Stream: Is there code for X?

Topic: nat.eq_div_of_mul_eq

Kevin Buzzard (Apr 16 2020 at 13:05):

Is this missing or is my search-fu just weak today?

theorem nat.eq_div_of_mul_eq (a b c : ℕ) : c ≠ 0 → a * c = b → a = b / c :=
begin
intros hc hb,
rw ←hb,
rw mul_comm,
symmetry,
apply nat.mul_div_cancel_left,
exact nat.pos_of_ne_zero hc
end


Mario Carneiro (Apr 16 2020 at 13:07):

theorem nat.eq_div_of_mul_eq (a b c : ℕ) (h : c ≠ 0) (e : a * c = b) : a = b / c :=
e ▸ (nat.mul_div_cancel _ (nat.pos_of_ne_zero h)).symm


Mario Carneiro (Apr 16 2020 at 13:08):

It's not an exact match, but once you get rid of the equality assumption it's essentially just nat.mul_div_cancel

Kevin Buzzard (Apr 16 2020 at 13:09):

Does this go in data.nat.basic or is there a reason it's not there? Often for things that are true for rings/fields/whatever and nat, the general result is in the root namespace and then nat has its own version

Mario Carneiro (Apr 16 2020 at 13:09):

actually there are closer matches too, it looks like

Mario Carneiro (Apr 16 2020 at 13:10):

theorem nat.eq_div_of_mul_eq (a b c : ℕ) : c ≠ 0 → a * c = b → a = b / c :=
λ hc hb, (nat.div_eq_of_eq_mul_left (nat.pos_of_ne_zero hc) hb.symm).symm


Mario Carneiro (Apr 16 2020 at 13:11):

I think most of these theorems are normalized with the operation on the left side of the equality

Kevin Buzzard (Apr 16 2020 at 13:11):

nat.div_eq_of_eq_mul_left was what I was missing -- I searched for eq_div :-/

Mario Carneiro (Apr 16 2020 at 13:12):

ironically the proof is longer because the names are more cumbersome

Mario Carneiro (Apr 16 2020 at 13:13):

We could have more variations, but I think there is something like 8 versions of just this one theorem if you commute the two equalities and the multiplication

Mario Carneiro (Apr 16 2020 at 13:13):

and then another 8 for the biconditional version

Kevin Buzzard (Apr 16 2020 at 13:14):

the biconditional isn't true for nat because of CS division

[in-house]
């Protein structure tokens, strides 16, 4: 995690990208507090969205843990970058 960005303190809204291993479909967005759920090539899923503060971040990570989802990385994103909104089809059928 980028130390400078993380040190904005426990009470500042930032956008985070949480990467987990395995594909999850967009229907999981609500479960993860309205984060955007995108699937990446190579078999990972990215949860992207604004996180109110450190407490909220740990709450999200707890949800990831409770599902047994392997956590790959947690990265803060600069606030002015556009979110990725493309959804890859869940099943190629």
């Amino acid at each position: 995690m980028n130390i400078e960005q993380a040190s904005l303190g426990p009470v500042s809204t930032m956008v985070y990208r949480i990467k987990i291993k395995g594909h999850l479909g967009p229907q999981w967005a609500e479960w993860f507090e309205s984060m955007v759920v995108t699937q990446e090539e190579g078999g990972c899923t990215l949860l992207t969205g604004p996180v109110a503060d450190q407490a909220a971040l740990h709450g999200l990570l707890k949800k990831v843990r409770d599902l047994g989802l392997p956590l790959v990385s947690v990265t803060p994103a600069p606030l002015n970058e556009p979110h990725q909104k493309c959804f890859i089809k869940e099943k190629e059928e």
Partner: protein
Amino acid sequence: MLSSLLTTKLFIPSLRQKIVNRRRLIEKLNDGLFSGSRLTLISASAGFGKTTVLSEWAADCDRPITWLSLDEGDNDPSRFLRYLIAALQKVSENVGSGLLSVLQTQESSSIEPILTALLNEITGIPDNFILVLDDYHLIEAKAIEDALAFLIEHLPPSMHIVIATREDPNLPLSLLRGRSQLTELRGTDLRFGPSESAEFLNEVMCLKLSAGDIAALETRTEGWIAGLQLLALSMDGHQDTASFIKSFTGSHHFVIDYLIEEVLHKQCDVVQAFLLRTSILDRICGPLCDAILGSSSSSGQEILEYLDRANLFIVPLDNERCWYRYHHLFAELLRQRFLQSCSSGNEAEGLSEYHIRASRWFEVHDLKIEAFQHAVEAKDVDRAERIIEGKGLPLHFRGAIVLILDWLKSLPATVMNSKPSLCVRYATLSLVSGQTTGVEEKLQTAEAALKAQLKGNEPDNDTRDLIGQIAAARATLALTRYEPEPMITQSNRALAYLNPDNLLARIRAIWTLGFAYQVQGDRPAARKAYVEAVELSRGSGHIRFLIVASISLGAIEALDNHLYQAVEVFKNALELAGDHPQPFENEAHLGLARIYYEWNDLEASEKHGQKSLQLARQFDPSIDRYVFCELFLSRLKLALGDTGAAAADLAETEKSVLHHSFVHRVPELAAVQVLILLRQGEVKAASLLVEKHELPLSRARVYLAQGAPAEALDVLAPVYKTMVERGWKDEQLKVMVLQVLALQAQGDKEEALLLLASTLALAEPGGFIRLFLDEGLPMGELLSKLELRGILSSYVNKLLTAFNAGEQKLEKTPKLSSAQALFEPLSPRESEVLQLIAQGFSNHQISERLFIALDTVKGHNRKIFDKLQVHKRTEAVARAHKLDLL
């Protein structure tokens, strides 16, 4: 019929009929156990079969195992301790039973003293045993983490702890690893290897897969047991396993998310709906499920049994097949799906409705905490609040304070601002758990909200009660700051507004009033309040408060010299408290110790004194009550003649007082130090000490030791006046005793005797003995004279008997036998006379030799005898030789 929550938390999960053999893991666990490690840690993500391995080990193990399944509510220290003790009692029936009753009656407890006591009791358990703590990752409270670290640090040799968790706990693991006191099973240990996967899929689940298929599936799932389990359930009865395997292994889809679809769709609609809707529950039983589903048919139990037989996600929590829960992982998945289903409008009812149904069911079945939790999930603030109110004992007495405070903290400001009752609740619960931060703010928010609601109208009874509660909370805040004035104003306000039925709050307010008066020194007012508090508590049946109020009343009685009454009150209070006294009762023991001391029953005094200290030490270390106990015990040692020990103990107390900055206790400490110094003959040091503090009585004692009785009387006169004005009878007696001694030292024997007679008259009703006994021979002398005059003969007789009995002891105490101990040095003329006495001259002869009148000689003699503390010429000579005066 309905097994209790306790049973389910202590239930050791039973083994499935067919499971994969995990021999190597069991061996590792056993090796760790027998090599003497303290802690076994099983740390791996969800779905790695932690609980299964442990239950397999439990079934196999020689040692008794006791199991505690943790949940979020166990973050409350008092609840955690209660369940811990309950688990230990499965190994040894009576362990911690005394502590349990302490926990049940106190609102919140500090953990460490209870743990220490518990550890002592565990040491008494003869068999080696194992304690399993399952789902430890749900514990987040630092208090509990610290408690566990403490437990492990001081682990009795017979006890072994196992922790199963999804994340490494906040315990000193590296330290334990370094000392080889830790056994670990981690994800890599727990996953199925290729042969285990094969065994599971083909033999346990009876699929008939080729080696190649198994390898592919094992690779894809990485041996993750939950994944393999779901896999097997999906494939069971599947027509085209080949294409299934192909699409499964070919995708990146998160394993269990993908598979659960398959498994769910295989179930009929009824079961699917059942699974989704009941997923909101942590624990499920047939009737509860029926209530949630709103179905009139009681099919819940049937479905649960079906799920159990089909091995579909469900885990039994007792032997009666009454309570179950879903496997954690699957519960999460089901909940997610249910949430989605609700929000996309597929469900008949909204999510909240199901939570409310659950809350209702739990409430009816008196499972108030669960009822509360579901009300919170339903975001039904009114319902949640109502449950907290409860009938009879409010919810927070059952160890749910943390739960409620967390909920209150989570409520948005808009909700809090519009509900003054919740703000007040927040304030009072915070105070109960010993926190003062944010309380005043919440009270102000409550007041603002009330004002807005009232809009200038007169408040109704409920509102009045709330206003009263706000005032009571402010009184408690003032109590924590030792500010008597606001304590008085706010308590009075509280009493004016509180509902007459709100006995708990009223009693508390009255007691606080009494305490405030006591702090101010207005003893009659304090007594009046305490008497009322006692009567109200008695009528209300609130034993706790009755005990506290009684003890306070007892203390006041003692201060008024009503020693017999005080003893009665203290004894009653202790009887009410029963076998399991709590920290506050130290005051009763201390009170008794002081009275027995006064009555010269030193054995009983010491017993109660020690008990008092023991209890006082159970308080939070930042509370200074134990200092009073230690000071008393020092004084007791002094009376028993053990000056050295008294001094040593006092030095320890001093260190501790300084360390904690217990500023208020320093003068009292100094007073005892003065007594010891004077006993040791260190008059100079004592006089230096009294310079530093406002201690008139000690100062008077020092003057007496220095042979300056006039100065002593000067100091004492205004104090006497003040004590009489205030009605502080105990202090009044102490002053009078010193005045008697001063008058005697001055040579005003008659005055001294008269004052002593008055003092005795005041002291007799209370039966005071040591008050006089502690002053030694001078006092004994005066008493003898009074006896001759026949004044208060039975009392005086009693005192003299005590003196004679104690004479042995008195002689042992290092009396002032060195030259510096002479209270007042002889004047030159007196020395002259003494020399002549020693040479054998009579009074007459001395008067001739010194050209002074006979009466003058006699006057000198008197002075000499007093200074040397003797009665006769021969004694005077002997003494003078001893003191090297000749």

Kevin Buzzard (Apr 16 2020 at 13:14):

but I absolutely take your point.

Mario Carneiro (Apr 16 2020 at 13:14):

the biconditional assumes divisibility

Kevin Buzzard (Apr 16 2020 at 13:14):

yes I ran into versions of it

Mario Carneiro (Apr 16 2020 at 13:15):

(in general the biconditional assumes whatever it needs to to make it true)

Kevin Buzzard (Apr 16 2020 at 13:15):

What caught me out is that eq_div gave me some positive hits, which made me not look for div_eq

Mario Carneiro (Apr 16 2020 at 13:16):

we could try making library_search find these but there are a lot of axes of variation

Kevin Buzzard (Apr 16 2020 at 13:16):

I also had \ne 0 and not 0 <

Mario Carneiro (Apr 16 2020 at 13:17):

I think that most nat theorems try to use 0 < consistently but I could be wrong

Mario Carneiro (Apr 16 2020 at 13:18):

of course there are theorems like pos_iff_ne_zero to make it not matter which

Scott Morrison (Apr 16 2020 at 13:22):

Kevin Buzzard said:

I also had \ne 0 and not 0 <

This is the top of my list for library_search working harder. It's trivial to implement, but a matter of testing performance.

Mario Carneiro (Apr 16 2020 at 13:22):

What about getting hits even if you get some assumptions wrong or missing?

Johan Commelin (Apr 16 2020 at 13:40):